The Plane Trees of Broadway

 Scene1: Council offices, meeting room

Council official:        We’ve had loadsa complaints about the birds in                                                Broadway at night. (He slides a huge file over the                                                  desk to a councillor)

Councillor 1:             This comes up every year; we’ve got to do                                                             something.

Councillor 2:             What’s the problem? No one goes to Broadway at                                          night, it’s dead.

Councillor 1:             I do, to the cinema and theatre.  You see, my dear,                                           the birds roost in the trees.

Councillor 2:             Birds tend to roost in trees.

Councillor 1:             If you park your car under one of the trees, it gets                                          covered in bird shit.

Councillor 2:             Don’t park under a tree.

Councillor 1:             Just because you ride a bike, in fact you are the                                                 only one I know who rides a bike around.  All                                                      those cycle lanes we put in, just for you.

Councillor 2:             Don’t be silly, lots of students cycle in the term                                                time.

Councillor 1:             Anyway, they’ll have to come down.

Councillor 2:             Can’t we get a falconer in, or play Shirley Bassey loudly?

Councillor 1:             There would be complaints about both of those                                               suggestions.  No, the only way is to cut them                                                       down.

Council official:        Do you wana do a consultation?

Councillor 1:             No way, there’ll be an environmental protest.                                                     We can’t afford that.

Scene 2

Councillor 1:             We can’t afford that.

Contractor:                Well, we can reduce the price by $xxx,000 if we                                               cut the trees two metres above the ground.

Councillor:                What happens to the stumps, won’t they send                                                    out shoots?

Contractor:              Get the parks department to paint them with                                                      something. They’ll eventually rot away … in time.

Councillor:                Just do it mate.

Scene 3

Arts Councillor:        We are appalled by this decision, done                                                                     without consultation.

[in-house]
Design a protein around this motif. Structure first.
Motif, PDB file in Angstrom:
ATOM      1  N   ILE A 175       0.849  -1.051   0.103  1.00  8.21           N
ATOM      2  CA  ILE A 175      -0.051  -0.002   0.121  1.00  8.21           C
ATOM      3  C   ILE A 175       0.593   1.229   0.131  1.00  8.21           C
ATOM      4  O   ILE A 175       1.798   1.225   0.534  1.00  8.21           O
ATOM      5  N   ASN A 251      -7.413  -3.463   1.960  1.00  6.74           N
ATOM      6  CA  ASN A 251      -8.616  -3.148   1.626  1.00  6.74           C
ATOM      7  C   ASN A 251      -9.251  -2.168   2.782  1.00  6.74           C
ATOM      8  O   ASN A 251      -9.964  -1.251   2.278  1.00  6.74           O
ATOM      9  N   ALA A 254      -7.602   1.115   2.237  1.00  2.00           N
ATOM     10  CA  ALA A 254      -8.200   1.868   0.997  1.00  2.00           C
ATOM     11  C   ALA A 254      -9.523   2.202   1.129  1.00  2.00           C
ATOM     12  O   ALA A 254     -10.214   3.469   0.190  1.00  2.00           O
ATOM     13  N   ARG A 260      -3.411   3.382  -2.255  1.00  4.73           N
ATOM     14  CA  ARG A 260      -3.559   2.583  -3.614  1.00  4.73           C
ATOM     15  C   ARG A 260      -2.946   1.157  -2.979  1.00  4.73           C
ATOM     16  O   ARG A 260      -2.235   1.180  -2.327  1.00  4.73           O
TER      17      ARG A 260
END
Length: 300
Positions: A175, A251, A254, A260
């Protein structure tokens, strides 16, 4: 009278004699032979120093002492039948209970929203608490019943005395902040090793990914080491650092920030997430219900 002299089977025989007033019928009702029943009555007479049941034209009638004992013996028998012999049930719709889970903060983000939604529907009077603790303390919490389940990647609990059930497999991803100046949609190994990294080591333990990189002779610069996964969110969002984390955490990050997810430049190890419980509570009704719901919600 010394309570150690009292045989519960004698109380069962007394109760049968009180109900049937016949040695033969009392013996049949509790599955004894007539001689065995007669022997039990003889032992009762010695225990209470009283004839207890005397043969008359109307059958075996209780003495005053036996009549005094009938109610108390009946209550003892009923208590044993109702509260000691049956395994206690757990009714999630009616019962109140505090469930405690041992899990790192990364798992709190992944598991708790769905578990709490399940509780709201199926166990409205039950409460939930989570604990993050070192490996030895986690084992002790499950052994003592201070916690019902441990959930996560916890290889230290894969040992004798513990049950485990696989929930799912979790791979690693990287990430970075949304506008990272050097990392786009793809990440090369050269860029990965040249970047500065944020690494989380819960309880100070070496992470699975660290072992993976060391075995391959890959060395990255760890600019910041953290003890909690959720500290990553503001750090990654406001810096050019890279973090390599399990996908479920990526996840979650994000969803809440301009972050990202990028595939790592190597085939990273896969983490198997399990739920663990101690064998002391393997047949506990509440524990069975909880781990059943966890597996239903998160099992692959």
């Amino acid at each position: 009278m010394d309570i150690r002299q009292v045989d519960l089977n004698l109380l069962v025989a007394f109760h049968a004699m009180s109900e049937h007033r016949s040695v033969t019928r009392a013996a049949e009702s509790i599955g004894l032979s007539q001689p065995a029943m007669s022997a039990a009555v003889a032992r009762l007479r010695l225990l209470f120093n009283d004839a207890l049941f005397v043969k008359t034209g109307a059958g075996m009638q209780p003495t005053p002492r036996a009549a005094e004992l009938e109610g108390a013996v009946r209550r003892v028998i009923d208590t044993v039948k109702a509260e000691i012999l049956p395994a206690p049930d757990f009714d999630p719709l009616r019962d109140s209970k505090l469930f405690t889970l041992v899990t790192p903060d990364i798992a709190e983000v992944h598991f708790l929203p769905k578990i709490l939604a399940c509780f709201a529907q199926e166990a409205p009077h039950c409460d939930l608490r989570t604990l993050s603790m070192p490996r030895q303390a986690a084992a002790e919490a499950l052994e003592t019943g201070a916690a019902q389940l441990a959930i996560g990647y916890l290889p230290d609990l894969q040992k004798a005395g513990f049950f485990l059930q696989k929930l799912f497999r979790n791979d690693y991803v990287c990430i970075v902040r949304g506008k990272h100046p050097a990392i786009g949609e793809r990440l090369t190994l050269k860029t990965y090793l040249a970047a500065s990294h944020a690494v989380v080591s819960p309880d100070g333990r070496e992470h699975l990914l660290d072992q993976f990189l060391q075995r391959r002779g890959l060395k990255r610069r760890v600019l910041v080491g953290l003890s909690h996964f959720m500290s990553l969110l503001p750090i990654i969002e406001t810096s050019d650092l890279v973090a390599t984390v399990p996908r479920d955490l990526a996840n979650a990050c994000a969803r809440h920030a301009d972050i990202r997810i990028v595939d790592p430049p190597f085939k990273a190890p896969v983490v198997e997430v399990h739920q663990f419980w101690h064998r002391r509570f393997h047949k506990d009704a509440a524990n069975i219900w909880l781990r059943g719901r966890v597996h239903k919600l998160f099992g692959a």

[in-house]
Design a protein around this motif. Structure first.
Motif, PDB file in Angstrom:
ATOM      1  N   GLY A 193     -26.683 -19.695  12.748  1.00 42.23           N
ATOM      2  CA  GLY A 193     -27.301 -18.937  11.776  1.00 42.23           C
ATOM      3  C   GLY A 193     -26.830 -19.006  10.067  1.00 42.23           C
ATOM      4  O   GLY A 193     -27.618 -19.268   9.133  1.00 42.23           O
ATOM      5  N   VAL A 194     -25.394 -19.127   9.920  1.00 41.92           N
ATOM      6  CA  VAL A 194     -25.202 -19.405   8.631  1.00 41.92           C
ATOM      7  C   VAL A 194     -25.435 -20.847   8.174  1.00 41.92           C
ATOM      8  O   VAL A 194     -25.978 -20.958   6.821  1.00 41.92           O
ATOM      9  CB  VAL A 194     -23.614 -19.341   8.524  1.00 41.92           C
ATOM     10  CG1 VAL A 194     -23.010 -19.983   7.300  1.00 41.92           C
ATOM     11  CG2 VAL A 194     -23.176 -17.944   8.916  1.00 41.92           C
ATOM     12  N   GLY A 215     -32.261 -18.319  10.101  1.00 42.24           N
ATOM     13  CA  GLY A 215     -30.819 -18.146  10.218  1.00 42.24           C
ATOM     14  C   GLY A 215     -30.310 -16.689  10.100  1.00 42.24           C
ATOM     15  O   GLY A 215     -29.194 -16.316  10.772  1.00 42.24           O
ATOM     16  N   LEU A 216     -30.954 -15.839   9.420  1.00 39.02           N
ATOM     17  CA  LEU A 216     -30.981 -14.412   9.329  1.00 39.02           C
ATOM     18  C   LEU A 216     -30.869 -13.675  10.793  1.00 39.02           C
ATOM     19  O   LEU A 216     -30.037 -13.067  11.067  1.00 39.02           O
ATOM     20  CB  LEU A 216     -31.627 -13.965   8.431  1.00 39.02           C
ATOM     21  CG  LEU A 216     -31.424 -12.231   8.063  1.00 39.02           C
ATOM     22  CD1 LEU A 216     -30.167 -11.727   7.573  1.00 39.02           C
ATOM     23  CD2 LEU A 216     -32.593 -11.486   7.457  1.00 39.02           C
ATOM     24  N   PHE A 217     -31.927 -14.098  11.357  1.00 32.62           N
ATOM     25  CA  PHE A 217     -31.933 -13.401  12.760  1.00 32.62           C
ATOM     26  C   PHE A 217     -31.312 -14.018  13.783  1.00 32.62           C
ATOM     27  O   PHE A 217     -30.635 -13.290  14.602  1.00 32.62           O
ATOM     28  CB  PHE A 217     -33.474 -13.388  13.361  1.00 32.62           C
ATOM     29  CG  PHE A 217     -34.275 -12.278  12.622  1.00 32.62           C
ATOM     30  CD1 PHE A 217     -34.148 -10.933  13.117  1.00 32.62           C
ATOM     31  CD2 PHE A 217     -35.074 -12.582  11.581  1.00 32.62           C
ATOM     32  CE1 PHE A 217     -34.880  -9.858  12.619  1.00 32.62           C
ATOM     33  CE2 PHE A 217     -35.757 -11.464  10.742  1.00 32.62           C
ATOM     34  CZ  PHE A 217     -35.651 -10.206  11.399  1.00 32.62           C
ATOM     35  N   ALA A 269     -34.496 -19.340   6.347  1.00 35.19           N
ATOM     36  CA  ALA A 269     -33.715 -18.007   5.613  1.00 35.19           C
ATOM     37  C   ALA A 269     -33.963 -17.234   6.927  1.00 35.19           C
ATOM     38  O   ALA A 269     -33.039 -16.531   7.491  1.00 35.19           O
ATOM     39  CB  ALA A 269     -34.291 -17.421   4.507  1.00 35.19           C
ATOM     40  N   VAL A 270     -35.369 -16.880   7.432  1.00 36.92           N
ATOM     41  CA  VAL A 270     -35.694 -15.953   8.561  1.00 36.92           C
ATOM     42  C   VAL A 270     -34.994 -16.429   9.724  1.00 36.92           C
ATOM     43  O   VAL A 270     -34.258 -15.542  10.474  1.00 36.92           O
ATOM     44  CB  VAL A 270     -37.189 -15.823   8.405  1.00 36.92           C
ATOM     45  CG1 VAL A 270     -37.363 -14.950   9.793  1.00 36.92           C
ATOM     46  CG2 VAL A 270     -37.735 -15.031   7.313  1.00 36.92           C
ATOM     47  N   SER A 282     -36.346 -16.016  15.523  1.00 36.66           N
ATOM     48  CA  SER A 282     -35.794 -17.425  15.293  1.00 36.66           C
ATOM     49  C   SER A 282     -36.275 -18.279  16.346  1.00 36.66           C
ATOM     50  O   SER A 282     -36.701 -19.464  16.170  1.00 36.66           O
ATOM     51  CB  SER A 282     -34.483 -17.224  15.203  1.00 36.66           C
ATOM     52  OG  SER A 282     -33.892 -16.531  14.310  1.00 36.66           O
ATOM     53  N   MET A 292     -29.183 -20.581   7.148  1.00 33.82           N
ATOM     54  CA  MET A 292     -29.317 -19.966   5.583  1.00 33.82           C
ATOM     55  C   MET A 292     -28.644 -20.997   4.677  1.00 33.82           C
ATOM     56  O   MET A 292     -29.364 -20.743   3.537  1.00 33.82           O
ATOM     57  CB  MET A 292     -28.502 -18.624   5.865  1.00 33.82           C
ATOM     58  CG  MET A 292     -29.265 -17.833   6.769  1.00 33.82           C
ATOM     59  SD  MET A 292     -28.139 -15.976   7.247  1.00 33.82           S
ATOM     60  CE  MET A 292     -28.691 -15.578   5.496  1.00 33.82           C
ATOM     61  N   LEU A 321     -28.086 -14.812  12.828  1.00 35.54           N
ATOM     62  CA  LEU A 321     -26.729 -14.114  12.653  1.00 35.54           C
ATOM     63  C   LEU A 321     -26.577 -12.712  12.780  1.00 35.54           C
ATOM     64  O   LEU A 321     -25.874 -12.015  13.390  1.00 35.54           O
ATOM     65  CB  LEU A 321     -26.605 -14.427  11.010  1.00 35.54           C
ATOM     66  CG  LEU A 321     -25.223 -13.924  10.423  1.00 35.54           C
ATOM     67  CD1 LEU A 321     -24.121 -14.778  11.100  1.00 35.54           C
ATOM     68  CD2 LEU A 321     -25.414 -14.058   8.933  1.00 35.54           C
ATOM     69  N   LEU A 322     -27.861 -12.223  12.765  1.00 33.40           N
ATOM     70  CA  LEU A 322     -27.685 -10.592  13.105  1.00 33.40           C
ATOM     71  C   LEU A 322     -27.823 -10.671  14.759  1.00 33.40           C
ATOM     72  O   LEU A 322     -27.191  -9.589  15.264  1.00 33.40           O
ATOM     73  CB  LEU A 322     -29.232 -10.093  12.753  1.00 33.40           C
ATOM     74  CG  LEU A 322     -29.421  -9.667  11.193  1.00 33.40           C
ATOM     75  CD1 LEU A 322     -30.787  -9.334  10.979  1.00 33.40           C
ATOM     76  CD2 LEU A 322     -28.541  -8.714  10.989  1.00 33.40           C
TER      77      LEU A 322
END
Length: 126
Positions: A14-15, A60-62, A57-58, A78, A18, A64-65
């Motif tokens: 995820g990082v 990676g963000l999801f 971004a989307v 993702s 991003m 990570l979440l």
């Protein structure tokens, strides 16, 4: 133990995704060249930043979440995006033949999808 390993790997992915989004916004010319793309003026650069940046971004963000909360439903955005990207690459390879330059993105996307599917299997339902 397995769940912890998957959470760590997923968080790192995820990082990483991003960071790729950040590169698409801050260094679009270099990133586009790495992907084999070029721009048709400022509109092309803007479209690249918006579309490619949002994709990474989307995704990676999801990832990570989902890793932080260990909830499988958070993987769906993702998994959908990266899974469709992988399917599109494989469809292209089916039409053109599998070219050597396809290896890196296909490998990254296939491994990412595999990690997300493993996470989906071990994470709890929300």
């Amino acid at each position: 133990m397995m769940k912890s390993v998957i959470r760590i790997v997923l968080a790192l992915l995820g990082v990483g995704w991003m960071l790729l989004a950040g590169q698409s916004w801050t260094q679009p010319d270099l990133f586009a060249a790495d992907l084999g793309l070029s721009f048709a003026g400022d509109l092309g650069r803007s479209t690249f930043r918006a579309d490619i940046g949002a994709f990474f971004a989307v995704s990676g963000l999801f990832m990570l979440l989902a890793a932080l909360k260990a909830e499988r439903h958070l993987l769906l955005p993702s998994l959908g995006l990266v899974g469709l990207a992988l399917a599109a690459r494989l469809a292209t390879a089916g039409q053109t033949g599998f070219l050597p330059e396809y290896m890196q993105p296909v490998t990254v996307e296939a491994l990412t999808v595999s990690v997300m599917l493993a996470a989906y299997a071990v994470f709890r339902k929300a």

Councillor 1:             Well, we can’t put them back now.

Arts Councillor:        They are an eyesore, and there’s already a surge                                               of opinion about this.

Councillor1:              The cutting down of the trees?

Arts Councillor:        Interestingly, no. They’re unhappy about the                                                      ugly stumps.

Councillor1:              What can we do?

Arts Councillor:        It just so happens that the Arts Council has                                                          discussed this and suggests that the stumps are                                                turned into works of art?

Councillor 1:             Art?

Arts Councillor:        Yes, we suggest either commissioning a wood                                                    carver or an artist to paint the trunks. It could re-                                            vitalise Broadway.

Councillor1:              Have you done a costing?

Arts Councillor:        Yes we have, it’ll be $xxx,000.

Councillor 1:             Do you have funding for this?

Arts Councillor:        No, we thought you should fund this.  Could be a                                              good re-election move.

Councillor 1:             (Head in hands) I’ll have to go to finance and get                                                 back to you on this.

The end – or not

20150208_104301
the Lido – still looking good and shorter than I remember

I enjoyed Palmerston North. The drive around my old university grounds to marvel at the changes; training at the Lido where I swam as a student preparing for the inter-varsity meet; watching a powerful live recording of The Crucible from the Old Vic in London; a French movie and a great Thai meal all made the journey worthwhile.  Of course the connection with old friends is always a delight.  The flight home gave me a fantastic aerial view of Mount Taranaki and the West Coast.